onwhere is a solution of the following adjoint problem

The curve 1 on Figure 1 illustrates unsuccessful attempt of solving the problem (6), (7) by infinite-dimensional algorithm (1) with direction from method CGPR. At initial approximation kJoule/(m2·s) and optimal kJoule/(m2·s) the gradient has very non-uniform value on segment (up to 7 orders) and, as a corollary, we obtain a non-uniform convergence to by method CG-PR.

The attempt of solving the problem by finite-dimensional optimization algorithms has not given a positive outcome. Next we tried to do expansion of function through B-splines of zero order (piece-wise functions) with carriers equal to time-step as it was made in [5]. Given this, the finite-dimensional control, , was found by quasi-Newton method BFGS [6,7]. The solution coincided with the previous curve 1 on Figure 1.

All minimizing was finished under relative change of and less than 1%. It is necessary to notice, that

Figure 1. Solution of optimal control problem. 1: methods CG-PR and BFGS; 2: method (3); u0: initial approximation; u*: exact solution.

the further iterating for method BFGS has allowed it to minimize J better than CG-PR. However, the curve 1 has varied not in essence. The outcomes speak that the optimization even with linear systems, which governed by PDE, is not always possible by traditional infinite-dimensional and finite-dimensional methods.

The curve 2 on Figure 1 is a solution of problem (6), (7) by new infinite-dimensional method (3) under chosen by method CG-PR with template function


The given function satisfies the NCO (4). We tried the second template function as:


It satisfies the strong NCO (5). Here solution has coincided with precisely on Figure 1.

To select a function we analyze a behavior of function. A value of this function for all methods on the first experimental step is shown in Figure 2. We see, that the classical methods CG-PR, BFGS (see the curve 1) realize the new NCO badly, to be exact, they do not implement its. Method (3) with in (8) (see the curve 2) not bad implements NCO (4), but does not implement strong NCO (5). Method (3) with in (9) (see the curve 3) implements strong NCO (5) and provides convergence to exact solution better all especially on the first iterations.

It is necessary to tell, that the template functions in (8) and (9) give noticeably different minimization outcomes only on the first iteration. With growth of iterations they give approximately equal good outcomes. It is explained to that the parameters, regulating a descent in method (3), are computed with the account of NCO only on the first step. For discussed method .

Figure 2. NCO-function η(t) for first experimental step. 1: method CG-PR; 2: method (3) with NCO (4); 3: method (3) with strong NCO (5).

Table 1. Initial and final values of the objective functional, the proximity to an exact solution, and strict NCO (on a first experimental step).

Everywhere for searching a step-size, the method Wolfe with quadratic interpolation was used (Wright, Nocedal, 1999). Here step-size was computed from conditions


The parameters of a method were given and.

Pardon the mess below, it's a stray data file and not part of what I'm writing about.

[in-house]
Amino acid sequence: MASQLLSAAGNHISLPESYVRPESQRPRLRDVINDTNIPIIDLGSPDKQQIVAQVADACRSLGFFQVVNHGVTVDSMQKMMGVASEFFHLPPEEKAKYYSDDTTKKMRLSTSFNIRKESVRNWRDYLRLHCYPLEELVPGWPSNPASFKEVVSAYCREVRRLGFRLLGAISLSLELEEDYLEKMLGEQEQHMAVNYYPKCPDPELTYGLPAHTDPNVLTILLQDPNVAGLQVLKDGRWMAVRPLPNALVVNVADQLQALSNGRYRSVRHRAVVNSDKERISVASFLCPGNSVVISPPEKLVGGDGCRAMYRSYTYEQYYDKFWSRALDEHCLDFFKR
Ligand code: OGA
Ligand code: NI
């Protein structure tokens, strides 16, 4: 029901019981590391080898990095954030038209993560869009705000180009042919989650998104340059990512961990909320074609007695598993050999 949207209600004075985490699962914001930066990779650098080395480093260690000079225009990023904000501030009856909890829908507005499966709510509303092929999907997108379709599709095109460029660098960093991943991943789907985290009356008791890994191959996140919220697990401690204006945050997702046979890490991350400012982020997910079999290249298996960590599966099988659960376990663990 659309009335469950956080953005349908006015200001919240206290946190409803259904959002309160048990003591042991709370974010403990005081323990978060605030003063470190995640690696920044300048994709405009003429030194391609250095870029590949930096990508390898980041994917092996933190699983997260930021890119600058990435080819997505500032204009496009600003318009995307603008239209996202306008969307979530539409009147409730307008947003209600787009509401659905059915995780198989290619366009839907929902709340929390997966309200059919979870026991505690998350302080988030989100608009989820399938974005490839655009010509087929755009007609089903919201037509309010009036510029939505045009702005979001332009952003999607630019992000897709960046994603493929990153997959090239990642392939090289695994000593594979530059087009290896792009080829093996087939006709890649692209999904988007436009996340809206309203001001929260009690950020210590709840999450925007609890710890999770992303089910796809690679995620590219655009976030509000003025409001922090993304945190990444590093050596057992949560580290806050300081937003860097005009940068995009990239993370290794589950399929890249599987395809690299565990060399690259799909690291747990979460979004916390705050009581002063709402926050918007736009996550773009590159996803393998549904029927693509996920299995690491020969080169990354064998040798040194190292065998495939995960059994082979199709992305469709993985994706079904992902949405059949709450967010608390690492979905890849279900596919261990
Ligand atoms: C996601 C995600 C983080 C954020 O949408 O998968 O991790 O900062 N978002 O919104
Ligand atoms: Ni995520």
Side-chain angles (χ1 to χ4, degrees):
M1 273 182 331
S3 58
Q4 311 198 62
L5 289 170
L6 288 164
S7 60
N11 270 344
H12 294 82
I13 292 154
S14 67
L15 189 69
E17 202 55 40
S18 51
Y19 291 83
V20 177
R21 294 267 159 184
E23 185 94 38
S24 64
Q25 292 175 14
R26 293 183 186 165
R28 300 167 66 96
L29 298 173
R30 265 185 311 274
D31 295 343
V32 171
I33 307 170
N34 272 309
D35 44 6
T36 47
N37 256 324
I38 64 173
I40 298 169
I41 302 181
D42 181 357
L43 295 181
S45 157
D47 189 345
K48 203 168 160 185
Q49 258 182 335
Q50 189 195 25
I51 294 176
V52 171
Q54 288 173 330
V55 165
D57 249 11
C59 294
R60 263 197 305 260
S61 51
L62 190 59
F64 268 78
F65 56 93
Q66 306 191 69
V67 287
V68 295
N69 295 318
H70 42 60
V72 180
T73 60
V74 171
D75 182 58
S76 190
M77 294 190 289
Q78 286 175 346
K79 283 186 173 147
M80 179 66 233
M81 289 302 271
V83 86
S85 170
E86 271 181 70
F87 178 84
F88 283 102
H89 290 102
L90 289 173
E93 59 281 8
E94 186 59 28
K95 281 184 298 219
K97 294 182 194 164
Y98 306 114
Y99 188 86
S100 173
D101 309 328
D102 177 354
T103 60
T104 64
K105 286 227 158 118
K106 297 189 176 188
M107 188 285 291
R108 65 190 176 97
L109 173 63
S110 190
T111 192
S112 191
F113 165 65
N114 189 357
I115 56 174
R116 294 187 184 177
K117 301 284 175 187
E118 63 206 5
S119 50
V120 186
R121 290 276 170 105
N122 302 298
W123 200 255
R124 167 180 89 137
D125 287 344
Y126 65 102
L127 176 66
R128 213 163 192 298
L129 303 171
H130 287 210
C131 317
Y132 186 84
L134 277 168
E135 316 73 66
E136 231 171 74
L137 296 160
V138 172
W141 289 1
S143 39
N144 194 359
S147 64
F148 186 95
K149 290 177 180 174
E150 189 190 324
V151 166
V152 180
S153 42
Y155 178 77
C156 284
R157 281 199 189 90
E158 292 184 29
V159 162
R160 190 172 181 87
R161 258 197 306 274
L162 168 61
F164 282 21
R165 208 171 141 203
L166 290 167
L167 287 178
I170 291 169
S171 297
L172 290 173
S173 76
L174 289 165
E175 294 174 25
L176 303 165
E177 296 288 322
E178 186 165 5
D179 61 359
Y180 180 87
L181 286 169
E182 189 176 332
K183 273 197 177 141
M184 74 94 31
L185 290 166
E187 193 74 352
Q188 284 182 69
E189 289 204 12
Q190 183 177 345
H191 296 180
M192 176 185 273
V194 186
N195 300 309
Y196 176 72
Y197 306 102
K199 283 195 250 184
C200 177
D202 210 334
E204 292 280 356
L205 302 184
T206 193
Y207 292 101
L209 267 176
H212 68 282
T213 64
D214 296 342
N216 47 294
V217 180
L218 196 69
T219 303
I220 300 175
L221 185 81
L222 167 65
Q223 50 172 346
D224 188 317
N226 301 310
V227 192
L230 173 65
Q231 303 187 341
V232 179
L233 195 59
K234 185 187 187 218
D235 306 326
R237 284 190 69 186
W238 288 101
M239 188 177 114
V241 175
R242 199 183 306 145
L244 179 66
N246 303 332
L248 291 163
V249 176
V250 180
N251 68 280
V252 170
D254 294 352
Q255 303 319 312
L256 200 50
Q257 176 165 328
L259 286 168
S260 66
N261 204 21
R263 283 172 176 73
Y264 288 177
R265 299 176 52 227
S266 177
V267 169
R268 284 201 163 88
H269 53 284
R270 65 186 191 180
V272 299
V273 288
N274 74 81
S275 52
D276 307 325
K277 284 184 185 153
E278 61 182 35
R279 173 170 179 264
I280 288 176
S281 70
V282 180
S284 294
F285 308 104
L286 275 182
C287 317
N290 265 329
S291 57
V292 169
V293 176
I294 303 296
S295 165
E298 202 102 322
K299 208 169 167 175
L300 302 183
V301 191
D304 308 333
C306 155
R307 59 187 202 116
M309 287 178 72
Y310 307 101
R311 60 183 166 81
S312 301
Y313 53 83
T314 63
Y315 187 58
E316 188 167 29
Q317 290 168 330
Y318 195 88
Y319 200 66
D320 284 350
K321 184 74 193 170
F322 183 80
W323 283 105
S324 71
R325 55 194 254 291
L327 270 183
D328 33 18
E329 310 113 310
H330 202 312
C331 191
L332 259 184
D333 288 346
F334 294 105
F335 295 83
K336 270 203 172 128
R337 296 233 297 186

In the Table 1 are shown the obtained values of the objective functional, the proximity to exact solution, and NCO (5) (on a first step) for all methods. From outcomes of computations it is seen, that the new method on the basis of algorithm (3) with NCO (5) minimizes the functional J on 4 orders better than the traditional methods. The method has allowed us to approach to optimal solution on 3 orders closer.

3. Conclusion

Thus, the new NCO has appeared effective for constructing the algorithms of direct optimization for processes which governed by PDE. The algorithm (3) with NCO (4) or (5) can be recommended to solving the infinite-dimensional optimization problems.

Conflicts of Interest

The authors declare no conflicts of interest.


[1] N. M. Alexandrov, “Optimization of Engineering Systems Governed by Differential Equations,” SIAG/OPT Views & News, Vol. 11, No. 2, 2000, pp. 1-4.
[2] R. M. Lewis, “The Adjoint Approach in a Nutshell,” SIAG/OPT Views & News, Vol. 11, No. 2, 2000, pp. 9-12.
[3] V. K. Tolstykh, “Direct Extreme Approach for Optimization of Distributed Parameter Systems,” Yugo-Vostok, Donetsk, 1997.
[4] V. K. Tolstykh, “New First-Order Algorithms for Optimal Control under Large and Infinite-Dimensional Objective Functions New First-Order Algorithm for Optimal Control with High Dimensional Quadratic Objective,” Proceedings of the 16th IMACS World Congress on Scientific Computation, Applied Mathematics and Simulation, Lausanne, 21-25 August 2000. http://metronu.ulb.ac.be/imacs/lausanne/CP/215-3.pdf
[5] R. H. W. Hoppe and S. I. Petrova, “Applications of the Newton Interior-Point Method for Maxwell’s Equations,” Proceedings of the 16th IMACS World Congress on Scientific Computation, Applied Mathematics and Simulation, Lausanne, 21-25 August 2000. http://metronu.ulb.ac.be/imacs/lausanne/SP/107-7.pdf
[6] C. T. Kelly, “Iterative Methods for Optimization,” SIAM, Philadelphia, 1999. doi:10.1137/1.9781611970920
[7] J. Nocedal, S. J. Wright, “Numerical Optimization,” Springer, New York, 1999. doi:10.1007/b98874

Copyright © 2024 by authors and Scientific Research Publishing Inc.

Creative Commons License

This work and the related PDF file are licensed under a Creative Commons Attribution 4.0 International License.